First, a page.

III. To Seek and Save the Lost: A Picture of Salvation on the Way to Calvary
And lastly I want us to look at verses 9 and 10. They say again, “Jesus said to him, ‘Today salvation has come to this house since he is also a son of Abraham. For the Son of Man came to seek and save the lost.’” Today salvation has come to this house. No truer words have ever been spoken, for salvation Himself had come to the house of Zacchaeus and His name is Jesus. See, when Jesus comes into our lives He comes into every part of our life. He died for our sins and sent His Spirit to dwell in us. When we confess that Jesus is our Savior we’re confessing that He’s also our sustainer. And we don’t just get the benefits from Jesus’ death, benefits like forgiveness, escaping damnation, or the glory of going to heaven, but we get so much more. We get Jesus! We get Jesus! It’s glorious. Jesus is not just a repairman that comes into our lives and fixes all of our problems and then leaves. Jesus gives us His Spirit so that we can be guided and comforted and loved continually. Today salvation has come to this house and it makes all the difference.
And then finally in verse 10, Jesus says, “The Son of Man has come to seek and save the lost.” You know it’s a simple message but it’s a gigantic point. It’s basically a summary statement of Jesus’ entire ministry. “I have come to seek and save the lost.” The Second Person of the Trinity took on flesh for all eternity because He wanted to save the lost. Jesus is the answer to Genesis 3:15 and every other text that points to salvation for God’s people. You know, I’ve read this text like you many times. I grew up singing the kids song, which I wanted to sing tonight but David Strain told me it probably wouldn’t fly so we didn’t do that, and yet I saw something in this text this time that I hadn’t seen before. And I can’t help but to wonder what Jesus was thinking that afternoon. You remember I told you where Jesus was when this took place? He’s in Jericho. He’s an eight hour walk away from Jerusalem; it’s a day’s trip. Well if you have your Bibles and you let your eyes go down a little bit what you’ll see is that Jesus, the next day, is headed to Jerusalem. Jesus, the next day, is entering Jerusalem for the final time, for, in a week’s time, He would be crucified. So as Jesus is standing there and He’s only a week away from the cross, He’s only a week away from being arrested, from being stripped, flogged, spat upon, beaten, nailed to a cross, pierced with a spear and killed, and here He is with Zacchaeus celebrating his salvation. “Today salvation has come to this house!” And next week salvation will be paid for in full.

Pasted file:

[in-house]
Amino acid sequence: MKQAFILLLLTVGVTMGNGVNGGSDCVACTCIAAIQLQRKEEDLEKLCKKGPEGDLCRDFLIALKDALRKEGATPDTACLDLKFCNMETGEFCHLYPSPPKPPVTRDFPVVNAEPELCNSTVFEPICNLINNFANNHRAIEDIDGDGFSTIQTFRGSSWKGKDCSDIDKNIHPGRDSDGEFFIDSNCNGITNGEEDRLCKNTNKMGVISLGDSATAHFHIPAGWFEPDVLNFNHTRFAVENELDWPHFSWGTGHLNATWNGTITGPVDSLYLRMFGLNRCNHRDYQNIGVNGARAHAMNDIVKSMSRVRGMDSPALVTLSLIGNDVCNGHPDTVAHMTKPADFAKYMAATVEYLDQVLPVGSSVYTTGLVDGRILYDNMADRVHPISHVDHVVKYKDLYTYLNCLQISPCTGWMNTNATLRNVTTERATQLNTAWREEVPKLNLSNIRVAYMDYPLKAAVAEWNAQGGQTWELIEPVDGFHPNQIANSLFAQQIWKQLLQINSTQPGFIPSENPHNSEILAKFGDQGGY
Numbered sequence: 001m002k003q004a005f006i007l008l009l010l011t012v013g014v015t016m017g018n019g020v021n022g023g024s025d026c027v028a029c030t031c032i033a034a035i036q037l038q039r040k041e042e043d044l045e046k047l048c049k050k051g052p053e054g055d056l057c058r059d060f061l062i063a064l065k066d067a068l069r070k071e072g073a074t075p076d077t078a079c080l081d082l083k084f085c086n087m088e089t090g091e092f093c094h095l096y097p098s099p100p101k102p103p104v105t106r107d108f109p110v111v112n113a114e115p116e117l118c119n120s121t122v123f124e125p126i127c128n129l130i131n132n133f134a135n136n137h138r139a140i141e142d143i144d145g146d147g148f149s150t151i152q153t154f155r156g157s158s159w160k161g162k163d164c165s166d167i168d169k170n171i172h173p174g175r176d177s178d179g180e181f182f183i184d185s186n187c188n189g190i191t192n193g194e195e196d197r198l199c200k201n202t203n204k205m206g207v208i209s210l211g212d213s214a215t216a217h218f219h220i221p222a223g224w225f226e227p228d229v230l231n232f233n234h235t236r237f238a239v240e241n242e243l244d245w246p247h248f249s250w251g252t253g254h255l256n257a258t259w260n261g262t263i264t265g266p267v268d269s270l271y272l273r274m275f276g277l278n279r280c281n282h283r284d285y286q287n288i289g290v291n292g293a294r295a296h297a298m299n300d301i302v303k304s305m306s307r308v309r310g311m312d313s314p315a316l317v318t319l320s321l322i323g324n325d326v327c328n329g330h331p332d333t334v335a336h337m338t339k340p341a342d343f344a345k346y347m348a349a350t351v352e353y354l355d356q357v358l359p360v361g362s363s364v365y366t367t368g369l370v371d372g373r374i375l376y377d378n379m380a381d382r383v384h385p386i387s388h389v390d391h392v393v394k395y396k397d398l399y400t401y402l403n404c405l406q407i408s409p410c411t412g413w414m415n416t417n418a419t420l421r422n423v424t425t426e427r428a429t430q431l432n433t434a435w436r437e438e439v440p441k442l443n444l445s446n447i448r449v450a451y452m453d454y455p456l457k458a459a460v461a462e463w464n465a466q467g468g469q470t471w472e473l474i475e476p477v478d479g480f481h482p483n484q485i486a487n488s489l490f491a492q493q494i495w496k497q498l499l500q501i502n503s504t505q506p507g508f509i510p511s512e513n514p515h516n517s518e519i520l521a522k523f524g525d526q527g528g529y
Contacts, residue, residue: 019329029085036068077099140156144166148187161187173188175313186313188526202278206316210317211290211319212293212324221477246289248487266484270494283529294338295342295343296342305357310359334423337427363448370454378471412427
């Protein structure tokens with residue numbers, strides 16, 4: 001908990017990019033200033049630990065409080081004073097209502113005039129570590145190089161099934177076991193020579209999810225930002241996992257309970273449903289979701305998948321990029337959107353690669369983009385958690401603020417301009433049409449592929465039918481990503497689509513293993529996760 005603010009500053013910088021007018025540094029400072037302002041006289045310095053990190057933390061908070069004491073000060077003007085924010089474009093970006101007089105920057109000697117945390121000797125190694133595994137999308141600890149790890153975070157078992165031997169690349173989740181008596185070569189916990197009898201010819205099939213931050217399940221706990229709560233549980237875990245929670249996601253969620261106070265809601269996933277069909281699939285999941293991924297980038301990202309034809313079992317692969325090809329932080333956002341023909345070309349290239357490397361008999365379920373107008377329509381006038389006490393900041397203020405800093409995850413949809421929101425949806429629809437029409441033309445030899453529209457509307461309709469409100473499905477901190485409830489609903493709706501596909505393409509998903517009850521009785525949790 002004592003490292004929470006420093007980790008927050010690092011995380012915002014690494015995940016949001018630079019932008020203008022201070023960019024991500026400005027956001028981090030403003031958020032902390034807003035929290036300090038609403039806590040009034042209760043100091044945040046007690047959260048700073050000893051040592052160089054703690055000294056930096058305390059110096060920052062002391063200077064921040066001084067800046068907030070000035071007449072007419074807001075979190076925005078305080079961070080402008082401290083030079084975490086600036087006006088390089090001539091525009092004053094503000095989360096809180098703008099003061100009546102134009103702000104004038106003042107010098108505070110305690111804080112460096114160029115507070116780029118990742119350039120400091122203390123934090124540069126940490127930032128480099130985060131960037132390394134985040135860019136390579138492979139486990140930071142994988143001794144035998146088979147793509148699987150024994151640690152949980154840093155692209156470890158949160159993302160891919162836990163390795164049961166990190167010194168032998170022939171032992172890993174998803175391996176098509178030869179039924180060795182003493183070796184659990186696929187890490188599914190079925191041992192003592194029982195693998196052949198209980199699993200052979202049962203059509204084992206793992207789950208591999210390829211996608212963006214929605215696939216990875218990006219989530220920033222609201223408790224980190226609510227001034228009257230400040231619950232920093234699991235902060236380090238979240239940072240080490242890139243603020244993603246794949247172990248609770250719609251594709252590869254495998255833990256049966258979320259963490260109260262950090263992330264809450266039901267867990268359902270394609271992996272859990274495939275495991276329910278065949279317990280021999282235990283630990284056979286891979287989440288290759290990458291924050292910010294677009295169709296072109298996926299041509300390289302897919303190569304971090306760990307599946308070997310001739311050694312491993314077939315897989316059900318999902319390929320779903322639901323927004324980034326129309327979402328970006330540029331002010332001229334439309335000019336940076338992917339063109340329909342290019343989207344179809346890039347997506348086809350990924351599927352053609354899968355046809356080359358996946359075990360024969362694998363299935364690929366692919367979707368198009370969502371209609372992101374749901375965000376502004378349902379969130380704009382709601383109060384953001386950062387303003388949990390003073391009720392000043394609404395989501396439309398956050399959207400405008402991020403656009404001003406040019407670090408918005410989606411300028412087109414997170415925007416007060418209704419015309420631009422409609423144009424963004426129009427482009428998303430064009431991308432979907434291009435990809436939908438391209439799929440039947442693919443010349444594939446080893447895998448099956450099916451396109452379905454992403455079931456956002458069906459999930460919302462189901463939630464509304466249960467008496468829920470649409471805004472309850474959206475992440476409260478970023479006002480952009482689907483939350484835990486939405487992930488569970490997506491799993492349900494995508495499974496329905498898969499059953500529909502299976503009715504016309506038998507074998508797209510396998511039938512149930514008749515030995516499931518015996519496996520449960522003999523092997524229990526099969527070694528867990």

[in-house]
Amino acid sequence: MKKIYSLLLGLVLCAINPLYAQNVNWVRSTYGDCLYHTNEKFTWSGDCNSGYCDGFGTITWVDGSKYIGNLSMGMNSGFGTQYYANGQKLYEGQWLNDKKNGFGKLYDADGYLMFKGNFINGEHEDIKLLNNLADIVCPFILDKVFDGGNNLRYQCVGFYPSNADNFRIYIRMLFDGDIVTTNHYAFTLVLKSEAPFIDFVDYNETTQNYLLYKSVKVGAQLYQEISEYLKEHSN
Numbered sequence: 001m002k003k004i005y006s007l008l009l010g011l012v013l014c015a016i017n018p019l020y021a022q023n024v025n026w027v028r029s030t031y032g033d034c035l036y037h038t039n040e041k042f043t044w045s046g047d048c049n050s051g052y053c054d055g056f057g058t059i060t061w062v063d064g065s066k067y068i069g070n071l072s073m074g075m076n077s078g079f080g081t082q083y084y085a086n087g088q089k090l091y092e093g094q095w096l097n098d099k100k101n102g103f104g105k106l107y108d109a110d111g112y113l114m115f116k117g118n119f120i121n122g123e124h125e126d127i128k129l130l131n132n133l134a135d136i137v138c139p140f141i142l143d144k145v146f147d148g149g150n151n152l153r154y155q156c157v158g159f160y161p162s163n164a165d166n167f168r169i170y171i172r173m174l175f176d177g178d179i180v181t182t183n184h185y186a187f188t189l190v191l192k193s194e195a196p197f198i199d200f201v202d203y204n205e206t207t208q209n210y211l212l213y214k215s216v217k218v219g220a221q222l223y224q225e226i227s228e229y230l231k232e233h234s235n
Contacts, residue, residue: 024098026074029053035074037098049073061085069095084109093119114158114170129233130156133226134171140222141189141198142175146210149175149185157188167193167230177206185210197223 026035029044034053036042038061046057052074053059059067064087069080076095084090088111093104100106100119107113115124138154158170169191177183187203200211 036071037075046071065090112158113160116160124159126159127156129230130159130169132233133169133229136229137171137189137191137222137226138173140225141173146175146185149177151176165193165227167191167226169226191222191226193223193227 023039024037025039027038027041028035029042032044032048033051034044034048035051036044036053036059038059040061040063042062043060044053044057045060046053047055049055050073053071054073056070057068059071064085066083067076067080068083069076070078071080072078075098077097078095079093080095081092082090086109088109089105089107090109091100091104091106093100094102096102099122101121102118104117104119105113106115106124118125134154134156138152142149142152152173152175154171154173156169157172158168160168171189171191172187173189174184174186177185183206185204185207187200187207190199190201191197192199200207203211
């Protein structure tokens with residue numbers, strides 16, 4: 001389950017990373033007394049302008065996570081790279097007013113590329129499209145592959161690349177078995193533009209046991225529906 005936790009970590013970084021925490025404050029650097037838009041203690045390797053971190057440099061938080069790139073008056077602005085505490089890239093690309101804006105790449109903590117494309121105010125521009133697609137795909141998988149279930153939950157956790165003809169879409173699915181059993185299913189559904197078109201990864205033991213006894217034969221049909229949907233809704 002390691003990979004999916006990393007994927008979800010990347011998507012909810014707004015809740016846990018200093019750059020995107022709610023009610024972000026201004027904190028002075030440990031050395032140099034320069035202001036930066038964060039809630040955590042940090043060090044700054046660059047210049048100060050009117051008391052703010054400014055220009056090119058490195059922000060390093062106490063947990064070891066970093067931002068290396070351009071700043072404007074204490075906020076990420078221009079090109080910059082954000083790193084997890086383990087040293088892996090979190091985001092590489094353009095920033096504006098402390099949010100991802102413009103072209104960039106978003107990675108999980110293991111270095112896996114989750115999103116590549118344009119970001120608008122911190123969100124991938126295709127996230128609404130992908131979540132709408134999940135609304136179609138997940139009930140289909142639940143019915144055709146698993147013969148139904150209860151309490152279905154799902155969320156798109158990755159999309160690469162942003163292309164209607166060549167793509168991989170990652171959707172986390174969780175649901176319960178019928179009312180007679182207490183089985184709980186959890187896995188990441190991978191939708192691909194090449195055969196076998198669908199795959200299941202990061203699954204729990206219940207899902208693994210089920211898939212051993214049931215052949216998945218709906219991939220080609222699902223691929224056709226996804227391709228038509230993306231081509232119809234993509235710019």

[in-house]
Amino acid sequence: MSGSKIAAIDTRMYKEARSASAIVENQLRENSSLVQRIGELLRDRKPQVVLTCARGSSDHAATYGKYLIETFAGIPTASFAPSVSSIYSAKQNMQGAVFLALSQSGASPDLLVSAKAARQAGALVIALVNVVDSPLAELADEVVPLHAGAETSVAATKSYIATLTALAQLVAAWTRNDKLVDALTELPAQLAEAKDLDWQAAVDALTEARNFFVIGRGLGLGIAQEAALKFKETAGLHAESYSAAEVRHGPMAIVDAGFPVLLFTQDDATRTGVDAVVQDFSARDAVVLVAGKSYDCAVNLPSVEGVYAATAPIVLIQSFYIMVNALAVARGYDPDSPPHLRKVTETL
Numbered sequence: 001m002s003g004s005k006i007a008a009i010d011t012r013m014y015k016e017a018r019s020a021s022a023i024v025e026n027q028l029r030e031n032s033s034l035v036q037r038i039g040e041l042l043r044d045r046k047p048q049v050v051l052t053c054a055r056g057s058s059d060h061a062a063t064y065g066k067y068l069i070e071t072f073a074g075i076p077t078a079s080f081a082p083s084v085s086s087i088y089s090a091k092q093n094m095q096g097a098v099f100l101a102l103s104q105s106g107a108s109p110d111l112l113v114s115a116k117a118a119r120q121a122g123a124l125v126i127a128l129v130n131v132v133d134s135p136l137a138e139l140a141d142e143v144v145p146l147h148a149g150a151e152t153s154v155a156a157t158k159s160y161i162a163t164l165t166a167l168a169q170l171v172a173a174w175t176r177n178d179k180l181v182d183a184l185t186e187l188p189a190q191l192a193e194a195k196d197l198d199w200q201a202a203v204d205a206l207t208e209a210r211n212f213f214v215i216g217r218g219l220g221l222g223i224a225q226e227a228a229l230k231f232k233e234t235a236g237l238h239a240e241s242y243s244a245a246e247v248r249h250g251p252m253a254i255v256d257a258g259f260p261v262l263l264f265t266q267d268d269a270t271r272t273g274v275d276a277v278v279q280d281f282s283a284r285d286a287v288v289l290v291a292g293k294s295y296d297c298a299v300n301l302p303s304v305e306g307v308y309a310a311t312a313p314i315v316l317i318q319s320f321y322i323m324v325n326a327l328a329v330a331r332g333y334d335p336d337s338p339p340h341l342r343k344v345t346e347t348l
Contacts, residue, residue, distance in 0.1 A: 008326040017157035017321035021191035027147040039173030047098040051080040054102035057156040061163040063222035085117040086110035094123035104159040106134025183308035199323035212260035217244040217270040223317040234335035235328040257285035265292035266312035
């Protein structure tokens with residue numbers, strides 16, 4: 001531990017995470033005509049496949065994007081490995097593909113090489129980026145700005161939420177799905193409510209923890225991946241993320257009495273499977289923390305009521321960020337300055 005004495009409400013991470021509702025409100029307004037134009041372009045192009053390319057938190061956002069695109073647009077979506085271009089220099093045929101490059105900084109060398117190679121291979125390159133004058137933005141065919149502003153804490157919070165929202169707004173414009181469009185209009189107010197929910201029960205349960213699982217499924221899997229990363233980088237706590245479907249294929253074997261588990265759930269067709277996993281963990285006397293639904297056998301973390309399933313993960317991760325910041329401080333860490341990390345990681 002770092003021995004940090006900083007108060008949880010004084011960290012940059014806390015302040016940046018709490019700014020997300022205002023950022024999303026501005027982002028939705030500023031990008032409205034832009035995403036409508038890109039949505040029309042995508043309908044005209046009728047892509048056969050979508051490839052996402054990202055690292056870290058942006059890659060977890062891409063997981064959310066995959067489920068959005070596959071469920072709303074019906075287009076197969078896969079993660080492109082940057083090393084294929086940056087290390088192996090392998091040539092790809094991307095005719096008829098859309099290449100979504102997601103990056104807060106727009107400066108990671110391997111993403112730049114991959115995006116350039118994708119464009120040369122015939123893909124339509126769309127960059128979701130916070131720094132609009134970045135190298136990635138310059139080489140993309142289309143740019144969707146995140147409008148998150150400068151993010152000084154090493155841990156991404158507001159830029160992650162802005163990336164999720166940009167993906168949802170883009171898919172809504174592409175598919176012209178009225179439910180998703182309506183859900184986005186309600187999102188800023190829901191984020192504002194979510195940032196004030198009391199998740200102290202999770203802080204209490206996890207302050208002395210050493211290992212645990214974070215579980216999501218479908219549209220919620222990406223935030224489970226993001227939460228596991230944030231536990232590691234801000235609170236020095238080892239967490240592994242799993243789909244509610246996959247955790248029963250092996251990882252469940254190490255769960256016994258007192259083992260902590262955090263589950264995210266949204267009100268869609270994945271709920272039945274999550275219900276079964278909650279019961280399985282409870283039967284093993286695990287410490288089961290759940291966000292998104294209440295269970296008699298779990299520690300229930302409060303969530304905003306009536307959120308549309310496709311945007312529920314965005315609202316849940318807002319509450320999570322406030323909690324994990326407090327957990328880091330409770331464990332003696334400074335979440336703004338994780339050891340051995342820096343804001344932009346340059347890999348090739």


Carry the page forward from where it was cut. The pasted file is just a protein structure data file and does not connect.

The saving of Zacchaeus and of you and of me comes at a great cost. You see, Zacchaeus thought he had a small problem, but what he learned that day was that his problems were too big for him to handle. Do you know this to be true? Do you know that you cannot save yourself? There’s good news. Jesus came to seek and save the lost. Jesus came to handle our biggest problem.
Father God, thank You for this brief time we can look at Your Word. Lord, I pray that You will continue to work it into our hearts and minds and it will be fruitful and beneficial and that we will look to You and You alone for our salvation. We pray this in Christ’s name, amen.
© 2019 First Presbyterian Church.